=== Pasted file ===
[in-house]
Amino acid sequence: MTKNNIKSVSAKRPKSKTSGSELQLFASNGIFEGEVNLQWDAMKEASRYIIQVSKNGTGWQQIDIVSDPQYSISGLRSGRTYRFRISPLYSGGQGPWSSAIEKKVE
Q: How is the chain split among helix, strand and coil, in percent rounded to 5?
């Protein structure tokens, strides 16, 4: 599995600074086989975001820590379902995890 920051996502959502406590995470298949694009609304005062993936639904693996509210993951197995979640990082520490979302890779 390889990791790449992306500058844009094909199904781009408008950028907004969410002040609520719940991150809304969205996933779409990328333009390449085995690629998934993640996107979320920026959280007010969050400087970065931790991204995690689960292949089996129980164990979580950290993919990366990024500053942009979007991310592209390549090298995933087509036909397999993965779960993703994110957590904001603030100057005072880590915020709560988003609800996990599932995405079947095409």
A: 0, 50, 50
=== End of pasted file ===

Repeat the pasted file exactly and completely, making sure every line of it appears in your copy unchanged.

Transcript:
[in-house]
Amino acid sequence: MTKNNIKSVSAKRPKSKTSGSELQLFASNGIFEGEVNLQWDAMKEASRYIIQVSKNGTGWQQIDIVSDPQYSISGLRSGRTYRFRISPLYSGGQGPWSSAIEKKVE
Q: How is the chain split among helix, strand and coil, in percent rounded to 5?
């Protein structure tokens, strides 16, 4: 599995600074086989975001820590379902995890 920051996502959502406590995470298949694009609304005062993936639904693996509210993951197995979640990082520490979302890779 390889990791790449992306500058844009094909199904781009408008950028907004969410002040609520719940991150809304969205996933779409990328333009390449085995690629998934993640996107979320920026959280007010969050400087970065931790991204995690689960292949089996129980164990979580950290993919990366990024500053942009979007991310592209390549090298995933087509036909397999993965779960993703994110957590904001603030100057005072880590915020709560988003609800996990599932995405079947095409």
A: 0, 50, 50